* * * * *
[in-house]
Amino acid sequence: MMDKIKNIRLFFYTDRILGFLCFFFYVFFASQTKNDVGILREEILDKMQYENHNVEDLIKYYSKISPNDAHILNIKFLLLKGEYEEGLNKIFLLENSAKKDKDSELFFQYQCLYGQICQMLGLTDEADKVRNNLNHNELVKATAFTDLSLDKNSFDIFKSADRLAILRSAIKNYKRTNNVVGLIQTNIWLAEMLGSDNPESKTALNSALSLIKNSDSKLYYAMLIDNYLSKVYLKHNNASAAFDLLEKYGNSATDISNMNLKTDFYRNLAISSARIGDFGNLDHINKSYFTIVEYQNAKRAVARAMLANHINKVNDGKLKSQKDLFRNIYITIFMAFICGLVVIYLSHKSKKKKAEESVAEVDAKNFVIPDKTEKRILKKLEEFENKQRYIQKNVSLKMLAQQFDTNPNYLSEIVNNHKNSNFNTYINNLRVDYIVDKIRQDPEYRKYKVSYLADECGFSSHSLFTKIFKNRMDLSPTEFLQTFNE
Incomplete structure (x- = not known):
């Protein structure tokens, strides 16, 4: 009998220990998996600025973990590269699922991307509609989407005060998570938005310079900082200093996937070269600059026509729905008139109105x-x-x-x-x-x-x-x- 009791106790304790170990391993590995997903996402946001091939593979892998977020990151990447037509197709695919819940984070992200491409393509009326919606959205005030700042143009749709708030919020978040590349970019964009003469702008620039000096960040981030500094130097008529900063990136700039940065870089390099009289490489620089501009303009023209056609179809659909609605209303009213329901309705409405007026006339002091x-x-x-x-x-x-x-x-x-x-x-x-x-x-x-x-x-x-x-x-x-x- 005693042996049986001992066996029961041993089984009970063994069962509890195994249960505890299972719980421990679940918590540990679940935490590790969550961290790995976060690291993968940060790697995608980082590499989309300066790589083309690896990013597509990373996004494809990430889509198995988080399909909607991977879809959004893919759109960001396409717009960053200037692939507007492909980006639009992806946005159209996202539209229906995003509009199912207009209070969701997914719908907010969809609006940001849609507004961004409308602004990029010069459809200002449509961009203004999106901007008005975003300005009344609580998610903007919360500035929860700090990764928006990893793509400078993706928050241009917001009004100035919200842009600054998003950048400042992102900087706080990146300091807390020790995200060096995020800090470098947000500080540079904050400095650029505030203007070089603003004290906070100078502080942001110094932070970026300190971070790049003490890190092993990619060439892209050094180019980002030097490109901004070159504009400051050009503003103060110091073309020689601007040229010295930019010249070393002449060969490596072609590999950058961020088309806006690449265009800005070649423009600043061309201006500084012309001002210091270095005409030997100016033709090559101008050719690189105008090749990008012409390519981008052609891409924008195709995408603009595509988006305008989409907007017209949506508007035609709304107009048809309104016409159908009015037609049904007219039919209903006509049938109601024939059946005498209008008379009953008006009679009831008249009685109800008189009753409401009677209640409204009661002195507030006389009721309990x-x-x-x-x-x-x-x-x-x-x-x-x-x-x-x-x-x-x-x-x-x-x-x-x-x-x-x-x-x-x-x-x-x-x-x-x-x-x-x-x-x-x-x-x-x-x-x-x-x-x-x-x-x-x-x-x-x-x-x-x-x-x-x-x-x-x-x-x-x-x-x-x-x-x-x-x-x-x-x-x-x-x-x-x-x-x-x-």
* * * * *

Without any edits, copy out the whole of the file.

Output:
[in-house]
Amino acid sequence: MMDKIKNIRLFFYTDRILGFLCFFFYVFFASQTKNDVGILREEILDKMQYENHNVEDLIKYYSKISPNDAHILNIKFLLLKGEYEEGLNKIFLLENSAKKDKDSELFFQYQCLYGQICQMLGLTDEADKVRNNLNHNELVKATAFTDLSLDKNSFDIFKSADRLAILRSAIKNYKRTNNVVGLIQTNIWLAEMLGSDNPESKTALNSALSLIKNSDSKLYYAMLIDNYLSKVYLKHNNASAAFDLLEKYGNSATDISNMNLKTDFYRNLAISSARIGDFGNLDHINKSYFTIVEYQNAKRAVARAMLANHINKVNDGKLKSQKDLFRNIYITIFMAFICGLVVIYLSHKSKKKKAEESVAEVDAKNFVIPDKTEKRILKKLEEFENKQRYIQKNVSLKMLAQQFDTNPNYLSEIVNNHKNSNFNTYINNLRVDYIVDKIRQDPEYRKYKVSYLADECGFSSHSLFTKIFKNRMDLSPTEFLQTFNE
Incomplete structure (x- = not known):
């Protein structure tokens, strides 16, 4: 009998220990998996600025973990590269699922991307509609989407005060998570938005310079900082200093996937070269600059026509729905008139109105x-x-x-x-x-x-x-x- 009791106790304790170990391993590995997903996402946001091939593979892998977020990151990447037509197709695919819940984070992200491409393509009326919606959205005030700042143009749709708030919020978040590349970019964009003469702008620039000096960040981030500094130097008529900063990136700039940065870089390099009289490489620089501009303009023209056609179809659909609605209303009213329901309705409405007026006339002091x-x-x-x-x-x-x-x-x-x-x-x-x-x-x-x-x-x-x-x-x-x- 005693042996049986001992066996029961041993089984009970063994069962509890195994249960505890299972719980421990679940918590540990679940935490590790969550961290790995976060690291993968940060790697995608980082590499989309300066790589083309690896990013597509990373996004494809990430889509198995988080399909909607991977879809959004893919759109960001396409717009960053200037692939507007492909980006639009992806946005159209996202539209229906995003509009199912207009209070969701997914719908907010969809609006940001849609507004961004409308602004990029010069459809200002449509961009203004999106901007008005975003300005009344609580998610903007919360500035929860700090990764928006990893793509400078993706928050241009917001009004100035919200842009600054998003950048400042992102900087706080990146300091807390020790995200060096995020800090470098947000500080540079904050400095650029505030203007070089603003004290906070100078502080942001110094932070970026300190971070790049003490890190092993990619060439892209050094180019980002030097490109901004070159504009400051050009503003103060110091073309020689601007040229010295930019010249070393002449060969490596072609590999950058961020088309806006690449265009800005070649423009600043061309201006500084012309001002210091270095005409030997100016033709090559101008050719690189105008090749990008012409390519981008052609891409924008195709995408603009595509988006305008989409907007017209949506508007035609709304107009048809309104016409159908009015037609049904007219039919209903006509049938109601024939059946005498209008008379009953008006009679009831008249009685109800008189009753409401009677209640409204009661002195507030006389009721309990x-x-x-x-x-x-x-x-x-x-x-x-x-x-x-x-x-x-x-x-x-x-x-x-x-x-x-x-x-x-x-x-x-x-x-x-x-x-x-x-x-x-x-x-x-x-x-x-x-x-x-x-x-x-x-x-x-x-x-x-x-x-x-x-x-x-x-x-x-x-x-x-x-x-x-x-x-x-x-x-x-x-x-x-x-x-x-x-």